Myanmar’s Cosmetics Industry Tries to Fend Off Counterfeits, Rampant Illegal Imports

International cosmetics products are widely available in the Myanmar market, but concerns over quality and safety still remain. To learn more about cosmetics products in the market, Myanmar Business Today interviewed U Kyaw Min, chairman of Myanmar Cosmetics Association and president of Shwe Pyi Nan Co Ltd.

Myanmar Business Today (MBT): What are Myanmar Cosmetics Association’s plans to stop illegally imported cosmetics products in the domestic market?

U Kyaw Min (UKM): The association is working to create a law for cosmetics which is essential to control illegal cosmetics imports to Myanmar because there is no such law right now. We are going to study other Southeast Asian countries’ cosmetics laws. We have legal consultants and experts to draft the law and we will submit it to the parliament through parliamentary representatives. We will try our best.

MBT: Can you tell us when it could be finished?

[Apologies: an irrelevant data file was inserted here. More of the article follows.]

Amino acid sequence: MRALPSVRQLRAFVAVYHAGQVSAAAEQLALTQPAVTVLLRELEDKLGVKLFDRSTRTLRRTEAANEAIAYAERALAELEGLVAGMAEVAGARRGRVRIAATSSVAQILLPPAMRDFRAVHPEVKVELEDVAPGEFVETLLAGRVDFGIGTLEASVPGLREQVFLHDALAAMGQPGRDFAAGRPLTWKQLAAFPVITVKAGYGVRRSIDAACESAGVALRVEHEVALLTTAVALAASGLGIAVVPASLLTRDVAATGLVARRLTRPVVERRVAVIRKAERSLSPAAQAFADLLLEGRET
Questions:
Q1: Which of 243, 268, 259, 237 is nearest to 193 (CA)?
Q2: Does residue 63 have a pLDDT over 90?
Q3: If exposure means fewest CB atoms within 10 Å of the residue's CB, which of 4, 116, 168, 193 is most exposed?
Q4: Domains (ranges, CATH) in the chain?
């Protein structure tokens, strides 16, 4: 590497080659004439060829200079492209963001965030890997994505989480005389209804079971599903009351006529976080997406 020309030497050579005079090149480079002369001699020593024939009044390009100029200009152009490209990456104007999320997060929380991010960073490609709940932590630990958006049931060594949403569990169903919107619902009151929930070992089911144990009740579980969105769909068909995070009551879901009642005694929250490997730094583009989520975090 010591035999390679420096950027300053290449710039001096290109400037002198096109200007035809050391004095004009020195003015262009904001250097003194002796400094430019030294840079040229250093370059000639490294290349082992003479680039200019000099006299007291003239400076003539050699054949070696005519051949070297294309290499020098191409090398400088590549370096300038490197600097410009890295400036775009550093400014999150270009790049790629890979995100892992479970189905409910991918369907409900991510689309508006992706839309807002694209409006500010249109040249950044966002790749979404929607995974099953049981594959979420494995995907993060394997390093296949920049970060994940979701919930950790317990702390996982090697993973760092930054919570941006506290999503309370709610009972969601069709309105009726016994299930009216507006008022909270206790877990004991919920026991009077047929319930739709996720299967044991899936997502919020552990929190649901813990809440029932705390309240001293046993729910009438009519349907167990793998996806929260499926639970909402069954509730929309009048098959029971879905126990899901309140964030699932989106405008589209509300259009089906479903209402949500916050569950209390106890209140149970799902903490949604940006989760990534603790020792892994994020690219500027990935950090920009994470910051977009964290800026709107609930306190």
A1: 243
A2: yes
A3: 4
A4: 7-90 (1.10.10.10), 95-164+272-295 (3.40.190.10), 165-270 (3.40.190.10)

UKM: Actually, it is difficult to provide a deadline right now because we don’t have any experience in drafting laws. We will try to complete the law as soon as possible.

MBT: Where do the illegal cosmetics come from? How do they enter into Myanmar market?

UKM: It is difficult to say with specific numbers and statistics. If we separated the cosmetics into four categories, the first type is the products that come only through legal imports. They register with the FDA then get distributed in the market.

The second type of products come both through legal and illegal ways. The brands are popular in the international market. Of course, to receive FDA approval the brands have to be legally imported.